The crocodile and the camera

This present building opened in August 1931, the collection having been on Pier Road for the previous 104 years.

Frank Meadow Sutcliffe, retired local photographer who was curator of the Museum from 1923 to 1941, wrote an account of how the fossil sea creatures were moved in the Museum in Pannett Park.

It was published in 1946 in “Chapters of Whitby History”, by Horace B. Browne, and edited for this website.

1931: The crocodile and the camera

Or, how this precious fossil was nearly lost!

Chance played an important part in the setting up of the Museum’s valuable specimen of fossil crocodile, teleosaurus chapmani, named after Captain William Chapman. In preparation for display in the New Museum it was placed in a flat table case, with four stout legs.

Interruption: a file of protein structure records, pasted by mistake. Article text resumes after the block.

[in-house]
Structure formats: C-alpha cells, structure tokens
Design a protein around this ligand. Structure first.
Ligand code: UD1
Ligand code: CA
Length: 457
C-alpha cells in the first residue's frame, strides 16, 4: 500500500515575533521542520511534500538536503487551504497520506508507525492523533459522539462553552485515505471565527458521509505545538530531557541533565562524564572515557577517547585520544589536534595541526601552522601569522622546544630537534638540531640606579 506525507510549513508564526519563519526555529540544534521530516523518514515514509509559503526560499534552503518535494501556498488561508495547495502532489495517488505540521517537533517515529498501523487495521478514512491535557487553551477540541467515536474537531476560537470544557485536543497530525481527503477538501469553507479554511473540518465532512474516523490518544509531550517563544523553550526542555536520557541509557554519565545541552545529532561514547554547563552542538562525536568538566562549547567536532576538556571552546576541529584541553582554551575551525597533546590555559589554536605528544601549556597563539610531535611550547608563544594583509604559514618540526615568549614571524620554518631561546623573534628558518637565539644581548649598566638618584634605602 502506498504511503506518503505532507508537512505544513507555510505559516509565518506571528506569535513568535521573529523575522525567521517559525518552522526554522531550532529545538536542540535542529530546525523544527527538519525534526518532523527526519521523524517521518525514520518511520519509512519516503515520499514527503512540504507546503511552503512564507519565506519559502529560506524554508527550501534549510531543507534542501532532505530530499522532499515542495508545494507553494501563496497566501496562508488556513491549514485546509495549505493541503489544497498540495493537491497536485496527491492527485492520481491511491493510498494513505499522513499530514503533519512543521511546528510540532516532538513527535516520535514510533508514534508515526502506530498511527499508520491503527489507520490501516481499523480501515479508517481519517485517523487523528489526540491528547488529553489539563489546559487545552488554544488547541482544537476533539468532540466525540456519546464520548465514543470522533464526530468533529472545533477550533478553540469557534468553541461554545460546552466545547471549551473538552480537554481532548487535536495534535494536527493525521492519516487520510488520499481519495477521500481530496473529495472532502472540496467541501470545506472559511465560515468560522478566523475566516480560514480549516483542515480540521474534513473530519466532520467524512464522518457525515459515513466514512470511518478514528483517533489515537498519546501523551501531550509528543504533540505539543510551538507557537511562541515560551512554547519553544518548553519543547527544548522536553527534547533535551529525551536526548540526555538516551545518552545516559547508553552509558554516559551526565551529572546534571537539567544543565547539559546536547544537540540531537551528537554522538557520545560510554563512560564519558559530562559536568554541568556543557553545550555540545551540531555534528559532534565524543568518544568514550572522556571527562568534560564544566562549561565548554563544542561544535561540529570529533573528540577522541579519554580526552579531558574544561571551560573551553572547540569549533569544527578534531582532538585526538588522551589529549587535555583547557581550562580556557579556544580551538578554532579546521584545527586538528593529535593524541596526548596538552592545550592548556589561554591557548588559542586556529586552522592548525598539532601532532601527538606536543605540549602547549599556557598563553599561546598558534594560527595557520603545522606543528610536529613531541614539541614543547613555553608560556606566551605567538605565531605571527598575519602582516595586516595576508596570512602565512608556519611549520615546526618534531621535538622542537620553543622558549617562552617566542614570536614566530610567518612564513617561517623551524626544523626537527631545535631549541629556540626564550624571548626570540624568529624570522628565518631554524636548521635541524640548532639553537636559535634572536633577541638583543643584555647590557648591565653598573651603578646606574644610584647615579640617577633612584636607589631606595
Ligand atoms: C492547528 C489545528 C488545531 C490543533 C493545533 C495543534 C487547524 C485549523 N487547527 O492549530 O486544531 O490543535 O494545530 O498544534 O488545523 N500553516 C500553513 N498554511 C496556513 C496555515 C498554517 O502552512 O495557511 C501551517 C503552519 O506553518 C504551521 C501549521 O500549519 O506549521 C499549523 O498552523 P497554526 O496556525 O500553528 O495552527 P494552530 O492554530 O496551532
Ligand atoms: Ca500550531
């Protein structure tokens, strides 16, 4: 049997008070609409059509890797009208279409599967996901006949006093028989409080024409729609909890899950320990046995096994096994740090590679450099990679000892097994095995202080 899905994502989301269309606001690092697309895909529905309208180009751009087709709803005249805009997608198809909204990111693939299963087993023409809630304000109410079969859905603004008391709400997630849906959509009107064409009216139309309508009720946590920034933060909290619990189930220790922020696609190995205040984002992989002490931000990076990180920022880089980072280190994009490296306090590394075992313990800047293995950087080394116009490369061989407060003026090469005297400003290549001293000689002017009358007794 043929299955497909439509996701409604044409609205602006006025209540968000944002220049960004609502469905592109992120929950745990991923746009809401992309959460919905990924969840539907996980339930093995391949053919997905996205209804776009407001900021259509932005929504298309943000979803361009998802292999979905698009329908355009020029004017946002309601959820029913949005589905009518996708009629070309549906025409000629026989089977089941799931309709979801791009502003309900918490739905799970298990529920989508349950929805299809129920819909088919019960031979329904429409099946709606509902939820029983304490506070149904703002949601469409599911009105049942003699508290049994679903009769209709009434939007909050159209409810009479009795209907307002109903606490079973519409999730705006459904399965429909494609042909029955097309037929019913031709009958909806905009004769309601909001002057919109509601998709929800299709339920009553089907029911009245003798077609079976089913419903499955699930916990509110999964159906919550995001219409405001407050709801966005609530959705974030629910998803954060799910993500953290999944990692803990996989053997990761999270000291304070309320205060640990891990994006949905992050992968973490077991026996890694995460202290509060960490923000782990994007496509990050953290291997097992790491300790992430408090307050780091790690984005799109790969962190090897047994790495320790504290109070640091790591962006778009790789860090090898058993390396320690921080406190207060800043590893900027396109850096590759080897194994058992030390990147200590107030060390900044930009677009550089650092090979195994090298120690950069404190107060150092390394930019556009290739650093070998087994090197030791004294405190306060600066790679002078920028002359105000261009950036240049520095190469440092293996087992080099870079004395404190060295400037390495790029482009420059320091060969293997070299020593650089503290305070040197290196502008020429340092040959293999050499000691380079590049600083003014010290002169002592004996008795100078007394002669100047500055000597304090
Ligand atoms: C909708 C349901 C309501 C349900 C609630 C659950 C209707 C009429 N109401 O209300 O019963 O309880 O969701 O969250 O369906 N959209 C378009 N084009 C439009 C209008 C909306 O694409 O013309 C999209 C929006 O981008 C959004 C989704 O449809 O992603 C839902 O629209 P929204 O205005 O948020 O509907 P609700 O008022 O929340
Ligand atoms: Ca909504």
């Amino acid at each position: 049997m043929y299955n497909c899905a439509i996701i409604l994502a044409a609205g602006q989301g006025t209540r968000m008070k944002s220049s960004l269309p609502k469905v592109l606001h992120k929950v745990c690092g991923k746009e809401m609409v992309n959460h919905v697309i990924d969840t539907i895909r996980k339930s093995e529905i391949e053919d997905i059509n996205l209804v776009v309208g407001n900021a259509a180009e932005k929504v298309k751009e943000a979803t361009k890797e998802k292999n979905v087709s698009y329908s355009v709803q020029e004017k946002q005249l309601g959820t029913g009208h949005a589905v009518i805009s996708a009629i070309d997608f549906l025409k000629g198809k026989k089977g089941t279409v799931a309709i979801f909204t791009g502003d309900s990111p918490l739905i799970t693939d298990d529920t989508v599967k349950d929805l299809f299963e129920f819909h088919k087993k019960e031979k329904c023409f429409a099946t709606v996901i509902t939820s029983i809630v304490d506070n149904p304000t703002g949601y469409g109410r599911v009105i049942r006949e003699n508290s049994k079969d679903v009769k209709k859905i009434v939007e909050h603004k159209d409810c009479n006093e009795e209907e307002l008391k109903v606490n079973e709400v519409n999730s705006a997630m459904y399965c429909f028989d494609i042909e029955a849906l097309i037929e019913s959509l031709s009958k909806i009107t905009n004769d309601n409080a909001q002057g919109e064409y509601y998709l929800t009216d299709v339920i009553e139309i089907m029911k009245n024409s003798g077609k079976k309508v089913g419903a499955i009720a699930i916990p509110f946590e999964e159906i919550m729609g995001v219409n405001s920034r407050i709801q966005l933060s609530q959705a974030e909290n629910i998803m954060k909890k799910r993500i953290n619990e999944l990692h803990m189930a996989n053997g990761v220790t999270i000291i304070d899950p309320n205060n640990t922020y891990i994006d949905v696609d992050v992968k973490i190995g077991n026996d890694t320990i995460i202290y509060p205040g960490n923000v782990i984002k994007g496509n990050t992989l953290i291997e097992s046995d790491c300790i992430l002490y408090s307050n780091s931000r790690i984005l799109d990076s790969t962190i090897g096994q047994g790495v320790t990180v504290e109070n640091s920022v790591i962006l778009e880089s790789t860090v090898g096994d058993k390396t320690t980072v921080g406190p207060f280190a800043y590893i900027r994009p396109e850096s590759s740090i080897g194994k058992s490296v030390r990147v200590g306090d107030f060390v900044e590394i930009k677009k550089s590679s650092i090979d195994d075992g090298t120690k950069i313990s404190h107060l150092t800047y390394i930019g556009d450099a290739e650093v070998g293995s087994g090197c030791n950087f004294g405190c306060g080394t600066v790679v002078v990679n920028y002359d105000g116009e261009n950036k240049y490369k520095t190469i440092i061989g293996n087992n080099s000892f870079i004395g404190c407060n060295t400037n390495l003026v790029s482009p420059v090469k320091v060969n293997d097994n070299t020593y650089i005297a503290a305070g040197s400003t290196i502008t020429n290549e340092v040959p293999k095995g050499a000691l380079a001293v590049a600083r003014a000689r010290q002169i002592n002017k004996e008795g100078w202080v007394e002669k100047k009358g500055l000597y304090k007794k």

Before the plate glass was put on to protect this rare fossil, a photograph was to be taken. The camera was being supported between two planks, with their ends resting on two pairs of steps. But some of the members were so afraid that the photographer might slip, and fall on the precious fossil, that they suggested propping the table in an upright position, so that the photograph might be taken from safer position of the floor instead of from above.

While the crocodile was in this position it was noticed how much better it looked like this; so the legs were cut off and the case left at the present angle.

The fossil crocodile is probably the finest of its kind so far discovered. It was acquired for the Museum for the great sum of £7 in 1824.

 More on the fossils and other geology can be found here.